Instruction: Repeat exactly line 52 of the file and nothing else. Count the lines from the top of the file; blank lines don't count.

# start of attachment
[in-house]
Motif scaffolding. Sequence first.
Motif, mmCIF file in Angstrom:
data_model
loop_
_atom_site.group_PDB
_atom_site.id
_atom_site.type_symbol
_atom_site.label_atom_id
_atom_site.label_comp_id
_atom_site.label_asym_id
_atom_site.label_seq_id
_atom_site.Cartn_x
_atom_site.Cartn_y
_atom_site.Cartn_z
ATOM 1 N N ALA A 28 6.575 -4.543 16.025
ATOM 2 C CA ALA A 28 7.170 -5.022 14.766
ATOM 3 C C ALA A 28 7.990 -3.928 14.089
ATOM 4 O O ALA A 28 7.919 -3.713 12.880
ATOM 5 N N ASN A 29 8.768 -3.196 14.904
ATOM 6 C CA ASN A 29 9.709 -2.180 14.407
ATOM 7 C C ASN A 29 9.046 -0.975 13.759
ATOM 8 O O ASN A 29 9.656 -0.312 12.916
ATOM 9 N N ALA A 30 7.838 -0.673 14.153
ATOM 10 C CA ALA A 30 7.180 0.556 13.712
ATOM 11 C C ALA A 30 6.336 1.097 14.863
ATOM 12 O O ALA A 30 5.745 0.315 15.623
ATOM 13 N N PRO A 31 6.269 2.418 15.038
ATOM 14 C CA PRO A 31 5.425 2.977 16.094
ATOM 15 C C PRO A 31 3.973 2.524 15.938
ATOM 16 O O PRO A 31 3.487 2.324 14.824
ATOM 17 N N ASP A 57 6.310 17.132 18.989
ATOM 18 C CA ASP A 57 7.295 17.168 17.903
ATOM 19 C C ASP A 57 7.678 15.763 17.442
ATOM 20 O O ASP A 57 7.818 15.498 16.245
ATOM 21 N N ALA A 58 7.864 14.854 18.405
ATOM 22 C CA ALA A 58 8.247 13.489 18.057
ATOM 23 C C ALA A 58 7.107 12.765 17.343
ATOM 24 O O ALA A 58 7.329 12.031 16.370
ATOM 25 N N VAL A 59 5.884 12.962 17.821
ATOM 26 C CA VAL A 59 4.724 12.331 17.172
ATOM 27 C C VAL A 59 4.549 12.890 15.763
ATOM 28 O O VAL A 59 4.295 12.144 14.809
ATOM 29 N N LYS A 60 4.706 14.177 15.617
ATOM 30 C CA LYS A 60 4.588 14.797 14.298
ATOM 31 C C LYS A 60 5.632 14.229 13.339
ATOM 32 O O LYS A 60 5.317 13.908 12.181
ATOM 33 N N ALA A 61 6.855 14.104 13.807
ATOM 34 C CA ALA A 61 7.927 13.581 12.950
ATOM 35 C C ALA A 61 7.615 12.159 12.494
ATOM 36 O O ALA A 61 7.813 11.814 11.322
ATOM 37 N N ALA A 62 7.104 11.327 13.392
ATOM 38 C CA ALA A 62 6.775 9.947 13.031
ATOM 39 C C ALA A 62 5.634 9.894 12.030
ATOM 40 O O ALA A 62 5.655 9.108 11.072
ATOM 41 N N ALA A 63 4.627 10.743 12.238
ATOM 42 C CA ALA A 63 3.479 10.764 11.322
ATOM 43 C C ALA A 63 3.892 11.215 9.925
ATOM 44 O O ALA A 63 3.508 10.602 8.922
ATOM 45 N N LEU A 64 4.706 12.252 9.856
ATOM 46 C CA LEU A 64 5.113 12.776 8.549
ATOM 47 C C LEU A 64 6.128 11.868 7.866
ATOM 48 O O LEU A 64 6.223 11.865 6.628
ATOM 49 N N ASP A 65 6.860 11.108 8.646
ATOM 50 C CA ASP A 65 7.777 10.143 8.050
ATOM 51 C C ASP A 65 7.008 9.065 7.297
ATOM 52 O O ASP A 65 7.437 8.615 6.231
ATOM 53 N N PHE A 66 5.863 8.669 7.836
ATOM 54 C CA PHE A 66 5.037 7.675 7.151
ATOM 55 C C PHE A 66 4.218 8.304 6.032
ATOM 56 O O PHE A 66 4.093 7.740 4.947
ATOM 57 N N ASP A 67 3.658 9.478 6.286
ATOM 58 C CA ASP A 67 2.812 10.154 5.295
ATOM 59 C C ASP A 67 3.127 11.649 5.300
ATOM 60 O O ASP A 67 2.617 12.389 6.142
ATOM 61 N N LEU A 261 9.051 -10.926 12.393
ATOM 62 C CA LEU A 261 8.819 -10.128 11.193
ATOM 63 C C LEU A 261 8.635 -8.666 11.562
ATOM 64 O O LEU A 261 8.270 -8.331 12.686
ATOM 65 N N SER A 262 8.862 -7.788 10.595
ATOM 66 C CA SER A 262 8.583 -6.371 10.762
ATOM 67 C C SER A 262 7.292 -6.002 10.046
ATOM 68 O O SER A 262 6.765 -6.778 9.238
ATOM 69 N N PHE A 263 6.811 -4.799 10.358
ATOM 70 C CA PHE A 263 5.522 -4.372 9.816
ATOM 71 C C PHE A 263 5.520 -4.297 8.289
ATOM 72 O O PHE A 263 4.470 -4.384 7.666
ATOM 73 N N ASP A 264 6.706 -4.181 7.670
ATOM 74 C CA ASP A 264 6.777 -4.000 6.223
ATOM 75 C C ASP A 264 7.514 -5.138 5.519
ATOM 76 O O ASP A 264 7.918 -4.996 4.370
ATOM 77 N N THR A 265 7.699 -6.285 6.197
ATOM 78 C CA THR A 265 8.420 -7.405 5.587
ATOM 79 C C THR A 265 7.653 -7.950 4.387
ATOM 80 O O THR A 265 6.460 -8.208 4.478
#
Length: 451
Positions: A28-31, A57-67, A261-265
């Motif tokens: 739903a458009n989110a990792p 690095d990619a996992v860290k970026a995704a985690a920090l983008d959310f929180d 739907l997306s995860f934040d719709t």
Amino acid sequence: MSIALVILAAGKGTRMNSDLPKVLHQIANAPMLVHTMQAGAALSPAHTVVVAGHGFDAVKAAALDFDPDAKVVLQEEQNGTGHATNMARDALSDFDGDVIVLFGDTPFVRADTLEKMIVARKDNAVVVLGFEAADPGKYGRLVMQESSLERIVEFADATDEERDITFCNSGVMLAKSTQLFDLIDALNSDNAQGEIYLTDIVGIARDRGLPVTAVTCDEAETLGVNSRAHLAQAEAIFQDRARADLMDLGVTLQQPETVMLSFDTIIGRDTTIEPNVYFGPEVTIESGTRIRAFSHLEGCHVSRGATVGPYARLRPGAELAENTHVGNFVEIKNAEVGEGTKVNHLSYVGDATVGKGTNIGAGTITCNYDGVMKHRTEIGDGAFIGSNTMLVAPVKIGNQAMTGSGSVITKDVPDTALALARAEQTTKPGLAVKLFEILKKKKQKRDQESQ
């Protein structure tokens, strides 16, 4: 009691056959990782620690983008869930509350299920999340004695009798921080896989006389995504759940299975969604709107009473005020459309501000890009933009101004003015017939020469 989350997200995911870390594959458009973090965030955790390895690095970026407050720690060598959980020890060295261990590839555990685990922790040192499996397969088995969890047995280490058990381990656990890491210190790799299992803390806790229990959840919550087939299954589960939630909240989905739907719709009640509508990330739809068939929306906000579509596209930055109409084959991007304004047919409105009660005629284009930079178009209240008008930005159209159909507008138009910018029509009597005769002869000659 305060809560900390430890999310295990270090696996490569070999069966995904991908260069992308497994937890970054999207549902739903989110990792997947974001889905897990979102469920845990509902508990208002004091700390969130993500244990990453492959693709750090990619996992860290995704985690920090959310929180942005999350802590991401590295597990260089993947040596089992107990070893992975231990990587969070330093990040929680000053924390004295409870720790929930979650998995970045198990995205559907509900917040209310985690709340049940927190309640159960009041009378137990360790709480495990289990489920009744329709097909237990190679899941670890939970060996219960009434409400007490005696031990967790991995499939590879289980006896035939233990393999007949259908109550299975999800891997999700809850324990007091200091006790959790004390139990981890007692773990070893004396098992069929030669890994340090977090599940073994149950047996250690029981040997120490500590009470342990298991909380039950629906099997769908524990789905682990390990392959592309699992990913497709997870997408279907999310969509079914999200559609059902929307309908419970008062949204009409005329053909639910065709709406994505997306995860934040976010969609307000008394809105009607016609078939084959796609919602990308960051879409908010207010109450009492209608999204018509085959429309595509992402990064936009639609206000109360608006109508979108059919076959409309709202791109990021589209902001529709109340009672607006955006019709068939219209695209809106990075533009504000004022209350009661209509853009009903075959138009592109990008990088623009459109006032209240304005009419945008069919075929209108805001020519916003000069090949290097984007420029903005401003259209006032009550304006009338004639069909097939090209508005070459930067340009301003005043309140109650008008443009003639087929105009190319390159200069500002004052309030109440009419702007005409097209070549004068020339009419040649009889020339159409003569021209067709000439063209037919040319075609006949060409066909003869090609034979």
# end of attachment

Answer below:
ATOM 37 N N ALA A 62 7.104 11.327 13.392